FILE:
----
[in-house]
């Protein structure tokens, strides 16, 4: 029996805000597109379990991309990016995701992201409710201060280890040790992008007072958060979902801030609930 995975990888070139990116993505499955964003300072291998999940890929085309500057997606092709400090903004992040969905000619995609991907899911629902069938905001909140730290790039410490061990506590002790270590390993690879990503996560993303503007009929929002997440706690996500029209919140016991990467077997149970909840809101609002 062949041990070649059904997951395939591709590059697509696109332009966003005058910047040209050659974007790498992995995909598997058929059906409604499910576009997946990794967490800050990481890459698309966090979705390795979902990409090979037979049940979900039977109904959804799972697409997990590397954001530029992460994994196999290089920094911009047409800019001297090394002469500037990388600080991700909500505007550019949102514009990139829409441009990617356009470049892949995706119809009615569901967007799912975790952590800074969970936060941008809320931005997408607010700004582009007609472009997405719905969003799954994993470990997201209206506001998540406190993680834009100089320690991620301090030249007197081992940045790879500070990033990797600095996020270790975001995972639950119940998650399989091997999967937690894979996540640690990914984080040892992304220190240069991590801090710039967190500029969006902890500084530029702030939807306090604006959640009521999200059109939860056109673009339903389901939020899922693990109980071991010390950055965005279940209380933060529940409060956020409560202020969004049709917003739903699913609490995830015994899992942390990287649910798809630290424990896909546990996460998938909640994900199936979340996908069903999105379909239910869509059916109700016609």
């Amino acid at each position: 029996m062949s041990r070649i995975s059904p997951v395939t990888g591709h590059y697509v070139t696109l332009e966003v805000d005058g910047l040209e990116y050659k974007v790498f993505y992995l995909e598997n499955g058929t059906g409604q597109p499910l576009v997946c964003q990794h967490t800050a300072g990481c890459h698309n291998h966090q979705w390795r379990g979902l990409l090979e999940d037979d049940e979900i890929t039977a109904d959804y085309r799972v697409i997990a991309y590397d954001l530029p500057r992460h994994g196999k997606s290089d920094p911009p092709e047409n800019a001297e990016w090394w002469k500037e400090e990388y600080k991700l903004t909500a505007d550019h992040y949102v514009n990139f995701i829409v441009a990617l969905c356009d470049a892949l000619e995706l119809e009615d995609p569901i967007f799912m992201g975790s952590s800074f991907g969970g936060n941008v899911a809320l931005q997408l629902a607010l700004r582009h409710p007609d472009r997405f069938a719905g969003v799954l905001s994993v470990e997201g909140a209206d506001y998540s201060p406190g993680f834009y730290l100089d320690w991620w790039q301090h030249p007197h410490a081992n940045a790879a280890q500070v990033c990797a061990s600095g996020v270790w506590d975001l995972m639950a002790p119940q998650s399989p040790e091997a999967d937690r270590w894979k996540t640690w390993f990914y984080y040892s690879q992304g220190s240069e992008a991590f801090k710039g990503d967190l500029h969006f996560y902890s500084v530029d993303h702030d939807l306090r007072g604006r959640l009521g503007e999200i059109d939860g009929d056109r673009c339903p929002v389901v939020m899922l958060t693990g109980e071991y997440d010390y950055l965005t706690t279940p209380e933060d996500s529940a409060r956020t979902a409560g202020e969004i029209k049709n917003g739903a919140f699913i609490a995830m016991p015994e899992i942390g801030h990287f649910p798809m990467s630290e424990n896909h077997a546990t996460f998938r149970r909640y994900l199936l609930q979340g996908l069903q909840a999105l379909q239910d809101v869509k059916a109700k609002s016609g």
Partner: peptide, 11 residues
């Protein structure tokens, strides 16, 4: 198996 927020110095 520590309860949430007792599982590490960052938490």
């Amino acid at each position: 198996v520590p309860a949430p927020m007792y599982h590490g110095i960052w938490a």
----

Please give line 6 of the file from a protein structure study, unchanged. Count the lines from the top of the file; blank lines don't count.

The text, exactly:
């Amino acid at each position: 198996v520590p309860a949430p927020m007792y599982h590490g110095i960052w938490a």